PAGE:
Money finally freed Ajax.
The Crown family, owners of the Aspen Skiing Co., decided Thursday morning they will no longer ban snowboarders from Aspen Mountain. The ban will be lifted permanently April 1. No fooling.
“We’re holding back a tide we did want to address,” said Jim Crown, managing partner of the Skico for his family.
The opening of the mountain is “something the market really wanted,” said Skico President and CEO Pat O’Donnell. “We’re a customer-driven company.”
The Skico had previously announced that Aspen Mountain would be open for the last three weeks of the season as a sort of trial. But at the owners’ annual meeting Thursday, management pitched lifting the ban permanently, and the Crowns listened.
“Jim (Crown) and Pat (O’Donnell) argued about snowboarding on Ajax for years,” noted John Norton, Skico chief operating officer, while opening a press conference to announce the decision Thursday afternoon.
The three other local mountains – Aspen Highlands, Snowmass and Buttermilk – were already open to riders. Losing business Crown said the business arguments against the ban at Ajax were compelling. Up until now, a skiers-only mountain made good business sense because it attracted skiers and boosted ski school sales. But now, economics favors opening the mountain to the growing horde of riders.
“I see this as a balance that slowly tilted,” Crown explained.
O’Donnell wouldn’t disclose how much revenue the company has lost, if any, because of the ban. But the future of snow sliding sports is clear, he acknowledged.
Riders accounted for 26.4 percent of all visits to the slopes across the country last season, according to the National Ski Areas Association. Riders also tend to be younger, and they spend more time on the slopes. Norton said the Skico’s number is close to the national figure.
NSAA figures showed that 59 percent of skiers and 75 percent of riders are under age 25. The average number of days on the slopes per season is 8.3 for skiers and 9.3 for riders.
Norton said one-half of all customer visits from people under 35 years of age come from riders.
Although the change in demographics has been evident for years, the Skico owners stubbornly stuck with the ban. They were the last ski area in Colorado to ban snowboarders and one of only five major ski areas in the country to exclude riders.
The ban has been revisited annually at the ownership meeting of the Crown family. Norton said he figured chances were 50-50 this year that the Crowns would approve ending the ban.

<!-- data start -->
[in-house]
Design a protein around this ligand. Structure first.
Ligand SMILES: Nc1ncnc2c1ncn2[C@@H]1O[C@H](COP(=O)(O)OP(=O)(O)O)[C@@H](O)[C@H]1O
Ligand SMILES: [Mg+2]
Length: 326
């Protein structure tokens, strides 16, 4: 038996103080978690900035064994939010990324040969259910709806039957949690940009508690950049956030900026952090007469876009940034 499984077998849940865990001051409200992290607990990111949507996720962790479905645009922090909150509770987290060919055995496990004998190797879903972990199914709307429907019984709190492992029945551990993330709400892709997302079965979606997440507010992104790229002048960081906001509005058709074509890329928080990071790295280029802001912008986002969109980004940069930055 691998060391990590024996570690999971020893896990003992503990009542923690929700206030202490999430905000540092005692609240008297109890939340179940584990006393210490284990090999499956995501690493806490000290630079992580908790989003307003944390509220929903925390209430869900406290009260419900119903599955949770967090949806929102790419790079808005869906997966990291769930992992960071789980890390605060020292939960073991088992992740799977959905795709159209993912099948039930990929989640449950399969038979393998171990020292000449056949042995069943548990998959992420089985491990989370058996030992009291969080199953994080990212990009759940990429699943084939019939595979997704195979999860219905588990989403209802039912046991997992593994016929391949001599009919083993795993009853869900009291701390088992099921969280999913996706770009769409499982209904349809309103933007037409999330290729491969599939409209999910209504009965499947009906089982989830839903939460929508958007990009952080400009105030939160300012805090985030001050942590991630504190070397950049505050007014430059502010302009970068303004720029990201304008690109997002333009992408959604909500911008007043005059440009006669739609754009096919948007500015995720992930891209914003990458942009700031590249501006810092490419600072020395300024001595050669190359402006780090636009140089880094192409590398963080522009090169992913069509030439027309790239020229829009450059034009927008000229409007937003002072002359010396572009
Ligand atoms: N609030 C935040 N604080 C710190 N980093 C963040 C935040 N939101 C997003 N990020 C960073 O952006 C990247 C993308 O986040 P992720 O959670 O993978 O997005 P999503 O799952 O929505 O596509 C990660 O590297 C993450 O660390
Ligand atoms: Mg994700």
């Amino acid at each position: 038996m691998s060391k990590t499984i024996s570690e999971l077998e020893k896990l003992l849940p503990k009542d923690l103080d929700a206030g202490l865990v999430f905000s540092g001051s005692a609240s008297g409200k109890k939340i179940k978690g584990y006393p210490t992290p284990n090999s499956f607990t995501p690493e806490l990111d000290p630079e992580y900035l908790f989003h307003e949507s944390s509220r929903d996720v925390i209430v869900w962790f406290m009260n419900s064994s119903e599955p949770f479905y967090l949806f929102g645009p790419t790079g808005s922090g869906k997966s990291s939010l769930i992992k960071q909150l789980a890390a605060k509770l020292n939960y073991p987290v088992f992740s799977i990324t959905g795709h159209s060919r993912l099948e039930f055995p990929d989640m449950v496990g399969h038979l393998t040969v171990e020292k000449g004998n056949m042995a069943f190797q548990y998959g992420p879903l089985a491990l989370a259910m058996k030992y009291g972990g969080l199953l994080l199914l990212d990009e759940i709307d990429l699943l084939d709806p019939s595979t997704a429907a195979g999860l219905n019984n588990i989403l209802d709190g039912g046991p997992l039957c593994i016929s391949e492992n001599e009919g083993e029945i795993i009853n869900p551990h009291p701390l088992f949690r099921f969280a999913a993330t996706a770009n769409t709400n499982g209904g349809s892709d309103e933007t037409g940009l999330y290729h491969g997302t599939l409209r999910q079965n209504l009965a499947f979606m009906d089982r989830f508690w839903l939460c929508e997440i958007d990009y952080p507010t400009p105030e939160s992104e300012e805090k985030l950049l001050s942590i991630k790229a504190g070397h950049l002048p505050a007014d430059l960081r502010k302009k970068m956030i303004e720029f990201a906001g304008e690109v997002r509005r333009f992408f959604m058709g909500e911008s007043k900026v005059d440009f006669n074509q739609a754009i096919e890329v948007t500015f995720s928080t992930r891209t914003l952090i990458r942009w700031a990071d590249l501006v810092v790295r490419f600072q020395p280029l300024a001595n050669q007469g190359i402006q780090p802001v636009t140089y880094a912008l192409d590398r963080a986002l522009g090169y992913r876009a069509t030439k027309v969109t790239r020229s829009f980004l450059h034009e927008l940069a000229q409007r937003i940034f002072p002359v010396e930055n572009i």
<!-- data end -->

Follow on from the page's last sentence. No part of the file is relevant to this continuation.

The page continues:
Crown said his family unanimously decided to overturn the policy.
“I sensed it was coming at some point,” he said. “Two years ago, would I have picked this year? No. I would have said snowboarding is coming to Ajax eventually.” Not bowing to pressure O’Donnell couldn’t contain his enthusiasm for lifting the ban at a joint press conference with Crown.
“We’re happy. We’re all happy,” said O’Donnell, who spends more time on a board then on skis. “I guess I’ll be visiting (Aspen Mountain) more often.”
O’Donnell claimed protests waged by snowboarders didn’t weigh into the company’s decision.
“The answer is no. We make our own decisions,” he said.
An organization called Free the Snow has lobbied and staged publicity stunts to try to open Ajax; Taos, N.M.; Alta and Deer Valley in Utah; and Mad River Glenn, Vt., to riders. The organization distributed the “Free Ajax” bumper stickers that are so popular around town.
“Hold onto the Free Ajax bumper stickers. They’re going to become a collector’s item,” said Crown.
He said the ban was never meant to show disregard for snowboarders as customers. The company spent significant funds on infrastructure and marketing directed at riders at the Skico’s other three mountains.
“We did everything we thought we could do to make everybody happy,” he said. Expect complaints Skico officials realize their latest decision won’t please everyone.
“I think it’s going to be a bi-modal response,” said Norton. Riders will love it; some skiers will hate it.
Crown said a survey of Skico customers last season could be used to justify the ban or argue against it, depending on how results were interpreted. Like Norton, he expects some die-hard Ajax skiers to be miffed.
“The business we’re in, we get complaints every year (about something),” he said.
O’Donnell predicted the integration of riders with skiers will be a “nonissue.” While the groups were at odds in the early 1990s at some ski areas, snowboarding is so mainstream now that it just won’t be a problem, he said.
The Aspen Mountain Ski Patrol was informed of the decision Thursday afternoon by Norton. “There was some disbelief – `Holy cow, I don’t believe they’re finally going to do it,’ ” said Norton.
Mike Kaplan, Skico vice president of operations, said the only difficulty he foresaw is explaining to people that the ban remains in place for now, but will be lifted permanently starting in April.
Norton expects a huge “PR surge” for the company over the move, immediately and again in April.
“I expect there will be a celebration the last week of skiers-only and a celebration (when the ban is lifted),” he said.
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I try to remember to give thanks every day I spend outside, whether it be floating the Colorado or Roaring Fork, fishing an epic dry fly hatch on the Fryingpan, or teasing up tiny brook trout on a remote lake or stream. We’re spoiled rotten here, so it’s easy to be thankful.